Bravo Bistro's menu highlights local organic produce and fresh seafood and stems from the capable hands of co-owner and chef Tony Hamati, whose epicurean seeds were planted at the Culinary School of Jordan and the Sorbonne in Paris. Tickle tummies with the popular hummus and pita ($4) before shoving back head-rearing hunger with firm-handed forks and ricotta-and-spinach-stuffed eggplant ($17). The veal osso buco melts mouths with moist veal shanks, braised vegetables, and saffron-infused risotto ($38). Crunch through the lemon black-pepper-encrusted, pan-seared salmon ($21), or inquire about the fish of the day, flown in daily in the pouches of trustworthy pelicans (market price). Palates test their decision-making skills with a 47-bottle wine list, which includes varietals from California, Italy, Germany, and Australia.
The Gelato Spot’s frozen-dairy hotshots merge ingredients imported from Torino, Italy, and churn a bevy of creamy gelati and sorbets daily. The gelateria’s small tongue-chilling batches have earned the shop the title of Best Frozen-Yogurt/Ice Cream Spot in AZ Central's 2011 readers’ poll, which praises the eatery’s extravagant displays and cheerful staff. Though The Gelato Spot specializes in traditional Italian flavors, such as stracciatella and amarena, they also craft American renditions such as Snickers, new york cheesecake, and salted caramel. As diners shovel in glacial delights on The Gelato Spot's heated and misted patio, they can also cruise the web with complimentary WiFi.
Marcellino Verzino couldn’t have known that when he started cooking for his family at the age of 12, he was kick-starting a prestigious culinary career for himself. Nine years later, he moved from his small Italian village to Rome, where he became a world-renowned scientist’s personal chef. At one point or another, he owned restaurants in Calabria, Abruzzo, Poros, and Rome. He eventually made the jump to New York, then moved even farther west to open Marcellino Ristorante in Scottsdale. Today, his Italian dishes taste as authentic as they did when he was just the head of his family’s kitchen. For dinner, he handcrafts thin tagliolini pasta and rolls gnocchi—he describes them as “pasta orbs,” which is why most Italians blame gnocchi for ruined family photos. The fagottini di pollo platter presents a split chicken breast stuffed with prosciutto and fontina cheese, folded, and sautéed. Verzino’s rich repertoire also includes a filet mignon with truffle oil, grilled lamb chops with balsamic reduction, and mashed potatoes with sautéed shrimp. The wine selection strays from the country’s boot-shaped confines, but barely—a handful of pours from France pepper a stock of mostly Italian vinos.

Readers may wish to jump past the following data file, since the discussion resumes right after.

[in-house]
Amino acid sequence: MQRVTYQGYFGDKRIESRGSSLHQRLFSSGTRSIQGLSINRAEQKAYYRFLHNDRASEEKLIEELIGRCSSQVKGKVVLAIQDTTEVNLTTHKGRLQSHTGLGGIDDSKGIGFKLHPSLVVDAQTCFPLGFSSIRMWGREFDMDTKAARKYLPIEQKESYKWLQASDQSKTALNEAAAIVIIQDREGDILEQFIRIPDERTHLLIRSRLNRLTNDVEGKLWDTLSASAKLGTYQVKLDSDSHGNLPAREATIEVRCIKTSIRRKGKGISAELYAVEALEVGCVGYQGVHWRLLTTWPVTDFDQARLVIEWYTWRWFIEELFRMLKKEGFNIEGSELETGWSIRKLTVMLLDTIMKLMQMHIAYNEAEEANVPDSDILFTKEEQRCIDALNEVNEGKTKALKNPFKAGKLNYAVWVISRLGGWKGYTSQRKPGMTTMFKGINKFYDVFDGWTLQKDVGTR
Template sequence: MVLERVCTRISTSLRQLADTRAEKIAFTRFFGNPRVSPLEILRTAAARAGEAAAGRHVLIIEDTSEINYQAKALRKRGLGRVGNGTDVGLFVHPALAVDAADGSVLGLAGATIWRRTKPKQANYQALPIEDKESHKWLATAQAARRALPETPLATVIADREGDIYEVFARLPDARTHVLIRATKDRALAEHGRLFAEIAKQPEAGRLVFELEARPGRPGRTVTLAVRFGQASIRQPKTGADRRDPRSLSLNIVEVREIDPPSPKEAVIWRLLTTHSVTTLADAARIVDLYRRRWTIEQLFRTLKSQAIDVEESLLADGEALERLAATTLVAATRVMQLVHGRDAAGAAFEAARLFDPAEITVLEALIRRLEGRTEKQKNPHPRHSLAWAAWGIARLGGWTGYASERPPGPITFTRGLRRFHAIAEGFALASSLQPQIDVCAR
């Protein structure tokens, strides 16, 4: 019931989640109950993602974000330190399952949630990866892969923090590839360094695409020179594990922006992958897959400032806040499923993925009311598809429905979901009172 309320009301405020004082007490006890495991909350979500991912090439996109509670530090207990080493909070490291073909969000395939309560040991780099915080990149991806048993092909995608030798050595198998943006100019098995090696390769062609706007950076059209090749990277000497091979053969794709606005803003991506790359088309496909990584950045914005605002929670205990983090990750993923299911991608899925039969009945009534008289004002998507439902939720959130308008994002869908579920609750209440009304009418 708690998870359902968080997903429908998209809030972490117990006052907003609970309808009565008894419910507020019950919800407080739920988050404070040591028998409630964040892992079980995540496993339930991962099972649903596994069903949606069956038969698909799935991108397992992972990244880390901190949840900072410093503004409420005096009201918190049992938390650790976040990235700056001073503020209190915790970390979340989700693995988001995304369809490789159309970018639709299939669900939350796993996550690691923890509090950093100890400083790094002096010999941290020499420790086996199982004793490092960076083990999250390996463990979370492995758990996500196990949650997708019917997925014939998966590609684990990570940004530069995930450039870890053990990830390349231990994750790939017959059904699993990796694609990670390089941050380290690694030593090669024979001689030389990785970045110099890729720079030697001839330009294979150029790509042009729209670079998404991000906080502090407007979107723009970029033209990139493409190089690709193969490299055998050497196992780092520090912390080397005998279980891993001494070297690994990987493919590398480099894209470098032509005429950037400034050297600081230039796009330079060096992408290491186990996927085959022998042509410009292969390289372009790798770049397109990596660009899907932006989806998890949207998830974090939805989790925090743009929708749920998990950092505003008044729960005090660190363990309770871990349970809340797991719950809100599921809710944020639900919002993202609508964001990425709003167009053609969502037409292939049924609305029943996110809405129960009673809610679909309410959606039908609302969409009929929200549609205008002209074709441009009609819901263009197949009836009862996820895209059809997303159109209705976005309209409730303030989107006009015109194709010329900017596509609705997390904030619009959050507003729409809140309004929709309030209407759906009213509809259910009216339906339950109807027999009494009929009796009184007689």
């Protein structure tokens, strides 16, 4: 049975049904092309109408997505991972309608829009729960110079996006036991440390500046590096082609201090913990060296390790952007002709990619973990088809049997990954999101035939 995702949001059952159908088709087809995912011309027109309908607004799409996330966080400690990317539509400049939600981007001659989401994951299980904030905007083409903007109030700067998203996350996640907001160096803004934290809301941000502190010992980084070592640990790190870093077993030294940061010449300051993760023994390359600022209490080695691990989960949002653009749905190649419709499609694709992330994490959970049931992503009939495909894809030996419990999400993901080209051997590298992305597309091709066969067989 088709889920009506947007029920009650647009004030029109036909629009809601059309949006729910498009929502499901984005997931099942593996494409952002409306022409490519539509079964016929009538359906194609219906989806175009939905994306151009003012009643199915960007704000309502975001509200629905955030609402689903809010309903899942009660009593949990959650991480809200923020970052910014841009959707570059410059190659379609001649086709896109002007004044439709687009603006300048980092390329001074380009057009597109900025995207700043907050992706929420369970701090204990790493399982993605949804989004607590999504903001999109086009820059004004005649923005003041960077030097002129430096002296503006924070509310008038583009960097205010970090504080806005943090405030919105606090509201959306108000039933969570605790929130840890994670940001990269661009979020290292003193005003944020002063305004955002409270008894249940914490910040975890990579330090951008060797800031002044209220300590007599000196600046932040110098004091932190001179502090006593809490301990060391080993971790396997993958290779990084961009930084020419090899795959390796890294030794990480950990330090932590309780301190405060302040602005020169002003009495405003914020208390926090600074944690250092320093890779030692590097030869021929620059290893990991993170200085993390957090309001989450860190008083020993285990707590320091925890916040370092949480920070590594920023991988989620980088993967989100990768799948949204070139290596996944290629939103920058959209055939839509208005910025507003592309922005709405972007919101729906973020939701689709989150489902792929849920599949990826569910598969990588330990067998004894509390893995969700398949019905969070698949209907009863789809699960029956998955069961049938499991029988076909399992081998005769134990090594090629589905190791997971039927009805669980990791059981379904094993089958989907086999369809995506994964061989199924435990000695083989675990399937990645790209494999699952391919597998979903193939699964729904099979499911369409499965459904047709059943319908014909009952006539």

Dining at EVO means more than simply enjoying a meal?it means celebrating with friends and family. But that's not to say that the food takes the back seat. EVO's Italian cuisine is made with an eye for traditional flavors, from charcuterie and cheeseboards to house-made pastas and lobster risotto. Forkfuls are paired with sipfuls from an extensive drink menu, featuring craft beers, wine, and even spirits poured from taps. And the decor is a sleek departure from the norm as well. Exposed brick walls and mismatched mirrors gleam under the light of crystalline chandeliers, providing an upscale backdrop for events such as weekly Martini & Manicure sessions and particularly elegant Tuesday night dinners.
America's influence is far-reaching at T. Roosevelt's Tavern, a neighborhood pub named after the 26th US president that shells out classic American dishes with a modern twist. Twenty draft beers pour from the taps, brandishing the recipes of local breweries and pairing with a menu that features housemade pastas and house-cured charcuterie. Comfort food abounds throughout T. Roosevelt's wood-and brick-covered interior, filling tables with meatloaf, braised-rabbit ragu, and country-fried steak slathered in gravy. A spread of mostly vegetarian pizzas emerges from wood-fired ovens, and beefy burgers weigh down plates with applewood bacon and sides of fries.
Eating at someone else’s house usually means overcooked yams, reedy string beans, and tedious games of red rover. Today’s Groupon invites you over to someone’s house for good food and no tedious games of red rover. For $25, you’ll get $50 worth of colorful cuisine at Eddie’s House, a delicious dwelling inhabited by local celebrity chef Eddie Matney. Phoenix Magazine’s Number One Chef in the Valley rolls out his signature Mediterranean-influenced New American fare in a new namesake spot.Think: Your eyes reveal that this meal is the highlight of your day. I feel pity for you. Say: You guys look like you need some nacho poppers. They go great with our cheesy-chicken skewers!